According to Dan Hayes of CSNChicago.com, Adam Dunn is back in the starting lineup this afternoon against the Twins after missing seven straight games with a strained right oblique. He’s playing first base in his return.
Dunn originally tweaked his oblique on a check swing on August 29 and hasn’t played since aggravating the injury on September 5. He took batting practice without incident last night and while he told Hayes that he realizes he won’t be 100 percent, he feels good enough to give it a go.
“It’s to the point now where I get it: it’s not going to feel 100 percent,” Dunn said. “My whole thing was, I don’t want it to be one bad swing and one anything and the season is over. That’s my big concern. When I swung today it felt fine.”
Dunn is batting .208/.340/.485 with 38 home runs, 88 RBI and an .825 OPS this season. With 96 walks and 194 strikeouts, there’s still a very good chance that he’ll become the first player ever to amass 40 homers, 100 walks and 200 strikeouts in a season. Holy three-true-outcomes, Batman.
The Yankees fell behind early to the Orioles on Sunday afternoon, a day after dropping both ends of Saturday’s doubleheader. Their game, as did every other game on Sunday with the exception of the Braves-Cardinals doubleheader, started at 3:05 or 3:10 EDT, a change Major League Baseball recently made to create fairness on the final day of the season.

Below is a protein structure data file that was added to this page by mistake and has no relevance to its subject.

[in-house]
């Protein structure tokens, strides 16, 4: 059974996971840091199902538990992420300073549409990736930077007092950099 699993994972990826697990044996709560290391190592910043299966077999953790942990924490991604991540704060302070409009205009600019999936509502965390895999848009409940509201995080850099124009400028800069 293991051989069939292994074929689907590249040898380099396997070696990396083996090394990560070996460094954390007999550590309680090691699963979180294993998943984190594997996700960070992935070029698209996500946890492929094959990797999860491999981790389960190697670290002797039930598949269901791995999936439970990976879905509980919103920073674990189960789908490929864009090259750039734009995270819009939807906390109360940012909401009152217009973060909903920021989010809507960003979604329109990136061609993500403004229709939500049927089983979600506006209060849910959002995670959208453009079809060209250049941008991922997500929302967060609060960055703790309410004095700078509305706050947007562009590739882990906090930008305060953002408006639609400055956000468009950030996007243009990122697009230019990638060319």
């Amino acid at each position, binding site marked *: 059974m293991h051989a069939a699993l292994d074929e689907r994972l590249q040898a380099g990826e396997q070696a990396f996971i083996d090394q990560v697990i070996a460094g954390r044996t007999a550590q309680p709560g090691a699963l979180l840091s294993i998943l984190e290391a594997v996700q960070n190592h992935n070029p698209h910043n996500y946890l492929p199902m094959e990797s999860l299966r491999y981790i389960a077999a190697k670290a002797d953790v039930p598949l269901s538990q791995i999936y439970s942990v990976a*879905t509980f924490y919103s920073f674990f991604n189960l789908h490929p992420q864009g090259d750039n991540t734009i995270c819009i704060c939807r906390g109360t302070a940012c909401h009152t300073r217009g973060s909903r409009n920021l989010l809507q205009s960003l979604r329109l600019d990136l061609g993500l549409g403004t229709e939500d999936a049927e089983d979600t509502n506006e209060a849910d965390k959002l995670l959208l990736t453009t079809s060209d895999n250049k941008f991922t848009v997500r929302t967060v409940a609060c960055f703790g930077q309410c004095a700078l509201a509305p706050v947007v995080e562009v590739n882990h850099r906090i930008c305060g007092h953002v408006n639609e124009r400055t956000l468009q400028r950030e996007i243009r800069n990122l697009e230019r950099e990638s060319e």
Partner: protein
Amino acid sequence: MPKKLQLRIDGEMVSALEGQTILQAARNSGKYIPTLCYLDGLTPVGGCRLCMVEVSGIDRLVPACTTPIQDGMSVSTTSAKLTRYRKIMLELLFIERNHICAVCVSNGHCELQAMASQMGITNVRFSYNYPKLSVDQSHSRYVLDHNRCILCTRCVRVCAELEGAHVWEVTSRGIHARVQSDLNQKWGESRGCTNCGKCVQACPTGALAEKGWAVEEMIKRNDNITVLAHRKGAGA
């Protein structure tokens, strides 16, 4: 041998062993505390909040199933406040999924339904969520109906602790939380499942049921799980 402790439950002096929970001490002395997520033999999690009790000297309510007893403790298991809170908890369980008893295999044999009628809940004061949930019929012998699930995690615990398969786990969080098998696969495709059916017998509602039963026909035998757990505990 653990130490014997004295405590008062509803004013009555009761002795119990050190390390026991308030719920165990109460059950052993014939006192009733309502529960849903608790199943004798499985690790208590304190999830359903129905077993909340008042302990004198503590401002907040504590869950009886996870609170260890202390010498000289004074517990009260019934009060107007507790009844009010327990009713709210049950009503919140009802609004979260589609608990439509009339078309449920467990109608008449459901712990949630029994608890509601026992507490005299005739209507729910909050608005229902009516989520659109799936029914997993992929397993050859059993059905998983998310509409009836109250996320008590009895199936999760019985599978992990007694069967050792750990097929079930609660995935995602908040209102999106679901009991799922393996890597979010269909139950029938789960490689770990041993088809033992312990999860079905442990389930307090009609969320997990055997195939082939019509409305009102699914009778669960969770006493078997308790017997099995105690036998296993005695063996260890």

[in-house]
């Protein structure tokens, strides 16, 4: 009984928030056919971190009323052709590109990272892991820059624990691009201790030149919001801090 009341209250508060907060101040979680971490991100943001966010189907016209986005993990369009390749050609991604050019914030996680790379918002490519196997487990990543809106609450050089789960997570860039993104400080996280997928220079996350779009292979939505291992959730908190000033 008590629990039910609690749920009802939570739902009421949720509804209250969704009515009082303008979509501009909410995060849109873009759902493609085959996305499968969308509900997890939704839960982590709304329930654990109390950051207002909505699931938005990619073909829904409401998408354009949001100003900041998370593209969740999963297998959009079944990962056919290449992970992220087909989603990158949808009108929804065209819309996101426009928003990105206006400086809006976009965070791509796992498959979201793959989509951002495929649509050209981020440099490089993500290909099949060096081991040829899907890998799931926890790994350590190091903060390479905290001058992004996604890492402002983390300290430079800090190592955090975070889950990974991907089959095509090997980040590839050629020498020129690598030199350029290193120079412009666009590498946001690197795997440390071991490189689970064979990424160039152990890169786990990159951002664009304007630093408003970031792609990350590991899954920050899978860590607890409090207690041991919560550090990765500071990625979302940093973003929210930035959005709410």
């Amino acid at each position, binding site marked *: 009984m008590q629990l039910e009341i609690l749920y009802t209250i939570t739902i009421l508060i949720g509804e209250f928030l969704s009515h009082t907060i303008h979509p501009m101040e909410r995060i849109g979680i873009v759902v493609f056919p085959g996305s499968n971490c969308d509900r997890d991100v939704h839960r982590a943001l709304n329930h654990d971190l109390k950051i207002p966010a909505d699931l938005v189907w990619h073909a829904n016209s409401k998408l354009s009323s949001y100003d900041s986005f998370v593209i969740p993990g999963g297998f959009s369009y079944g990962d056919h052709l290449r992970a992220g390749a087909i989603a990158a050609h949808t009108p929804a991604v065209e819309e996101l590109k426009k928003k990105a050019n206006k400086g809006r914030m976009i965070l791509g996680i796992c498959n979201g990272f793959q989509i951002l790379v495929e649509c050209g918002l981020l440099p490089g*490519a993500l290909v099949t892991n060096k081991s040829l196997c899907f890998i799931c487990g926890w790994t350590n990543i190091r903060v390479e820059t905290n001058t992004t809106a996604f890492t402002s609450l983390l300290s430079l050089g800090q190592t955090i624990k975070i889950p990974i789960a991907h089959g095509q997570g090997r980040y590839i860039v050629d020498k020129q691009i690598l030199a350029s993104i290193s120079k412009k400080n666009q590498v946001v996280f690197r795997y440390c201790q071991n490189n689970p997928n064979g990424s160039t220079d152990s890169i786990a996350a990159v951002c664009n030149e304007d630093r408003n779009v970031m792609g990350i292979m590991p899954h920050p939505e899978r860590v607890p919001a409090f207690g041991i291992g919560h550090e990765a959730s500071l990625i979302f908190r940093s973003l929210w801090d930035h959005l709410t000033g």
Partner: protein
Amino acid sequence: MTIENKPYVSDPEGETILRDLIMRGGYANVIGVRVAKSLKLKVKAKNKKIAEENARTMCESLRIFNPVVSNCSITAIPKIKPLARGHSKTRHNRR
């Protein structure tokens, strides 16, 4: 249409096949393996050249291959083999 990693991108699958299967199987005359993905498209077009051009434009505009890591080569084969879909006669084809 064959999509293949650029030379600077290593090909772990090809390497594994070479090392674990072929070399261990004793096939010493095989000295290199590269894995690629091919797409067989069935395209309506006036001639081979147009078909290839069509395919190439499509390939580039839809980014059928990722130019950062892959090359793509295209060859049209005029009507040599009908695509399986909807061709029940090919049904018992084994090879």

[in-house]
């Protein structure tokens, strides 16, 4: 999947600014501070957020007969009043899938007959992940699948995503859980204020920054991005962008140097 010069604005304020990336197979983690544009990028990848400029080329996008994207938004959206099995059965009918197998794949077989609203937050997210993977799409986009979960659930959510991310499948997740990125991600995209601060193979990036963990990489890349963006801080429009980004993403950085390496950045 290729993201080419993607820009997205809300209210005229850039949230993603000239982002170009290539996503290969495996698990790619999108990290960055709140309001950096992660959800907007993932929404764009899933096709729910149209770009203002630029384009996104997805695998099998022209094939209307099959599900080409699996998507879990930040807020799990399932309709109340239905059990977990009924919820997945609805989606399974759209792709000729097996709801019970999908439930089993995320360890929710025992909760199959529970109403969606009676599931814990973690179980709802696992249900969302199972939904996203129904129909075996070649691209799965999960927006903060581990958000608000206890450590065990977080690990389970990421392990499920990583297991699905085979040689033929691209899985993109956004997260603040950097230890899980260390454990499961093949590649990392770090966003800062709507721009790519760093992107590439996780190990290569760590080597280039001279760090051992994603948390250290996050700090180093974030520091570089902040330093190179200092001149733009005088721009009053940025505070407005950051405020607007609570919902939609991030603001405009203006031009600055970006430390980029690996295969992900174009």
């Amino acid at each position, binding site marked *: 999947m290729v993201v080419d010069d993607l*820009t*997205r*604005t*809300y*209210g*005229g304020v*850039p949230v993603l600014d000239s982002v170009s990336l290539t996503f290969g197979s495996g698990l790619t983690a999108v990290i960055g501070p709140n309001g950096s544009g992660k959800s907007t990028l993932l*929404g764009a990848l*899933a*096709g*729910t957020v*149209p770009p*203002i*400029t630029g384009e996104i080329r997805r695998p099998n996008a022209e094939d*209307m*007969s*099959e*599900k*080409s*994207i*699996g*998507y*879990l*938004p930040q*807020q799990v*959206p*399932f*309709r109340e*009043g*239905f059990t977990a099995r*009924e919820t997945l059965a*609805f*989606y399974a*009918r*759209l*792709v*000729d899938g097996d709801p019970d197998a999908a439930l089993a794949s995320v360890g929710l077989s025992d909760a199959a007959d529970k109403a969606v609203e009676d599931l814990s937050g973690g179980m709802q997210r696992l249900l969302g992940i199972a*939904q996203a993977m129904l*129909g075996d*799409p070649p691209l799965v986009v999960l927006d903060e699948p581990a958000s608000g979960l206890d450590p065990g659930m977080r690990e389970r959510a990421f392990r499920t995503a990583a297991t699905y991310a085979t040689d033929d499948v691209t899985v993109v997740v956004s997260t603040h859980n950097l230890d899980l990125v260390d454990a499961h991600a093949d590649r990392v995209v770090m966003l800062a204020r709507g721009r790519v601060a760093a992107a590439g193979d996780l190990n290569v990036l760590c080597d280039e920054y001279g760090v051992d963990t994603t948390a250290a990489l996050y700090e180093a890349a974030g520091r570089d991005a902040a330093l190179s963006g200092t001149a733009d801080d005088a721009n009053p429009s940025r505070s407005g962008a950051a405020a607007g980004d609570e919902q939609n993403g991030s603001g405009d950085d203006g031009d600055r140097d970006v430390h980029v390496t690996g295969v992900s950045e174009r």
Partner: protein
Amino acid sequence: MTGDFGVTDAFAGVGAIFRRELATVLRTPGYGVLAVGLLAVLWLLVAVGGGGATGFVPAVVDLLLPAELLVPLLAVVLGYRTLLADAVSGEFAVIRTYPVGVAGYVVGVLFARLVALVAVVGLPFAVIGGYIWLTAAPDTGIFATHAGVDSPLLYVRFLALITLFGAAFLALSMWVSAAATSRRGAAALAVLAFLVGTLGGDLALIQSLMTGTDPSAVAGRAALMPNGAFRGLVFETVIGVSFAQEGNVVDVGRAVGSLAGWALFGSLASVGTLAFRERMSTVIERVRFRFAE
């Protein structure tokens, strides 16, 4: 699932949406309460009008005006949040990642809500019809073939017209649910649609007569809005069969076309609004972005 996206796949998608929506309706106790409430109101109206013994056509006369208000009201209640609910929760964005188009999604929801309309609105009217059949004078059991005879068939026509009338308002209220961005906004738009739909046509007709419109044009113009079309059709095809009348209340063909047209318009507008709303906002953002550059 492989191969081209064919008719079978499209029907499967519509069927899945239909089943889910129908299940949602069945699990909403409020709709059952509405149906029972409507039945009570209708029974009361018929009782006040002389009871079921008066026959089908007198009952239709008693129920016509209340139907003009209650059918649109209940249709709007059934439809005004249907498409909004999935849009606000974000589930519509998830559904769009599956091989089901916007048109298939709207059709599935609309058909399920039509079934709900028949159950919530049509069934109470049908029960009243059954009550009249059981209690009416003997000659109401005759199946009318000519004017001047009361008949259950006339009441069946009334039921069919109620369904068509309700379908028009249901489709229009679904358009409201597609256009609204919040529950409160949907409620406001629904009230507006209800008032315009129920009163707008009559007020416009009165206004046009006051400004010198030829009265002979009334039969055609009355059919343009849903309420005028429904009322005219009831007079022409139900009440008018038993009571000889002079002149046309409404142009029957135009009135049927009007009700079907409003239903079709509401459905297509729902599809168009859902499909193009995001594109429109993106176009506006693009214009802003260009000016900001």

Girardi is not a fan. Per the Associated Press:
It was cloudy at Camden Yards at 3:05 p.m., but late-afternoon games often make it difficult for batters to see pitches.
Girardi said, “Here’s the thing that bothers me: If it’s a sunny day you’re playing in shadows.”
He added, “If it’s the most important game of the year to get in, I don’t think that’s right.”
Understanding the idea is for every team to play at the same time, Girardi said, “Then play all night games.”
One wonders if MLB had scheduled Sunday’s slate of games for the night, if Girardi would have instead complained about batters losing fly balls in the stadium lights. Furthermore, both teams have to play in the same conditions.
Marlins outfielder Ichiro Suzuki was given an opportunity to play a new position in Sunday’s series finale against the Phillies. After the Phillies rallied to take a 6-2 lead in the seventh, the Marlins let Suzuki take the hill in the eighth. And, in news that surprises no one, he was impressive.
Though Suzuki gave up a run on two hits, he flashed a fastball that hit the mid-80’s and a breaking ball with some bite.
Suzuki, who turns 42 years old later this month, is 65 hits of 3,000 in his major league career. The Marlins are interested in bringing him back in 2016.